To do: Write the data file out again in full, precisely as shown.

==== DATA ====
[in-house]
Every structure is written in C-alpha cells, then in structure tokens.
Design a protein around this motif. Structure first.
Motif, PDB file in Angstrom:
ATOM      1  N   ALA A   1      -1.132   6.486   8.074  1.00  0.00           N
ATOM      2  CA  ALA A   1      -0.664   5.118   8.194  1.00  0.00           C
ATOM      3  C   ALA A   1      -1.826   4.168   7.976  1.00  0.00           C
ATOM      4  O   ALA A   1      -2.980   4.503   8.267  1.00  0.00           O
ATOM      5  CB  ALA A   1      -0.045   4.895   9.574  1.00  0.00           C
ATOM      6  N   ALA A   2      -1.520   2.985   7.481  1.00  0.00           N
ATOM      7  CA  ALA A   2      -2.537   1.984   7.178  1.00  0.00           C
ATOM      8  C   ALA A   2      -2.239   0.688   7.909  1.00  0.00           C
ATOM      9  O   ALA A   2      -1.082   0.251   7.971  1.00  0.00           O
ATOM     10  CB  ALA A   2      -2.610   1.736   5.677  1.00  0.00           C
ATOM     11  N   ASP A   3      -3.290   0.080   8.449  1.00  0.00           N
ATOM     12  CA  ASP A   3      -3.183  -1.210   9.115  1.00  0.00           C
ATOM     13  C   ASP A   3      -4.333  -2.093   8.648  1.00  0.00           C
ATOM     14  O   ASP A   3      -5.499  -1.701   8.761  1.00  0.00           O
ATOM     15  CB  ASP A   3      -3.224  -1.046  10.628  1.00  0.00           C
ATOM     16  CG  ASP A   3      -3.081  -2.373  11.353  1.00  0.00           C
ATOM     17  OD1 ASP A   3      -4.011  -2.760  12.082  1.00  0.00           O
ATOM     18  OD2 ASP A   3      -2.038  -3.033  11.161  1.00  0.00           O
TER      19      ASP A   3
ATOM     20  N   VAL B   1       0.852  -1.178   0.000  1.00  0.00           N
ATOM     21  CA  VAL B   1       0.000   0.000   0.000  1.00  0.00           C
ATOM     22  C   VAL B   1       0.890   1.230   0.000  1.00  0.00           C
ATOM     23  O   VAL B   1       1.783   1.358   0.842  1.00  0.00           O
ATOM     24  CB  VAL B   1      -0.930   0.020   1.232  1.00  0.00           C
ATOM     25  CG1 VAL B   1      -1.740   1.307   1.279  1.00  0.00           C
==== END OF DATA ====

[in-house]
Every structure is written in C-alpha cells, then in structure tokens.
Design a protein around this motif. Structure first.
Motif, PDB file in Angstrom:
ATOM      1  N   ALA A   1      -1.132   6.486   8.074  1.00  0.00           N
ATOM      2  CA  ALA A   1      -0.664   5.118   8.194  1.00  0.00           C
ATOM      3  C   ALA A   1      -1.826   4.168   7.976  1.00  0.00           C
ATOM      4  O   ALA A   1      -2.980   4.503   8.267  1.00  0.00           O
ATOM      5  CB  ALA A   1      -0.045   4.895   9.574  1.00  0.00           C
ATOM      6  N   ALA A   2      -1.520   2.985   7.481  1.00  0.00           N
ATOM      7  CA  ALA A   2      -2.537   1.984   7.178  1.00  0.00           C
ATOM      8  C   ALA A   2      -2.239   0.688   7.909  1.00  0.00           C
ATOM      9  O   ALA A   2      -1.082   0.251   7.971  1.00  0.00           O
ATOM     10  CB  ALA A   2      -2.610   1.736   5.677  1.00  0.00           C
ATOM     11  N   ASP A   3      -3.290   0.080   8.449  1.00  0.00           N
ATOM     12  CA  ASP A   3      -3.183  -1.210   9.115  1.00  0.00           C
ATOM     13  C   ASP A   3      -4.333  -2.093   8.648  1.00  0.00           C
ATOM     14  O   ASP A   3      -5.499  -1.701   8.761  1.00  0.00           O
ATOM     15  CB  ASP A   3      -3.224  -1.046  10.628  1.00  0.00           C
ATOM     16  CG  ASP A   3      -3.081  -2.373  11.353  1.00  0.00           C
ATOM     17  OD1 ASP A   3      -4.011  -2.760  12.082  1.00  0.00           O
ATOM     18  OD2 ASP A   3      -2.038  -3.033  11.161  1.00  0.00           O
TER      19      ASP A   3
ATOM     20  N   VAL B   1       0.852  -1.178   0.000  1.00  0.00           N
ATOM     21  CA  VAL B   1       0.000   0.000   0.000  1.00  0.00           C
ATOM     22  C   VAL B   1       0.890   1.230   0.000  1.00  0.00           C
ATOM     23  O   VAL B   1       1.783   1.358   0.842  1.00  0.00           O
ATOM     24  CB  VAL B   1      -0.930   0.020   1.232  1.00  0.00           C
ATOM     25  CG1 VAL B   1      -1.740   1.307   1.279  1.00  0.00           C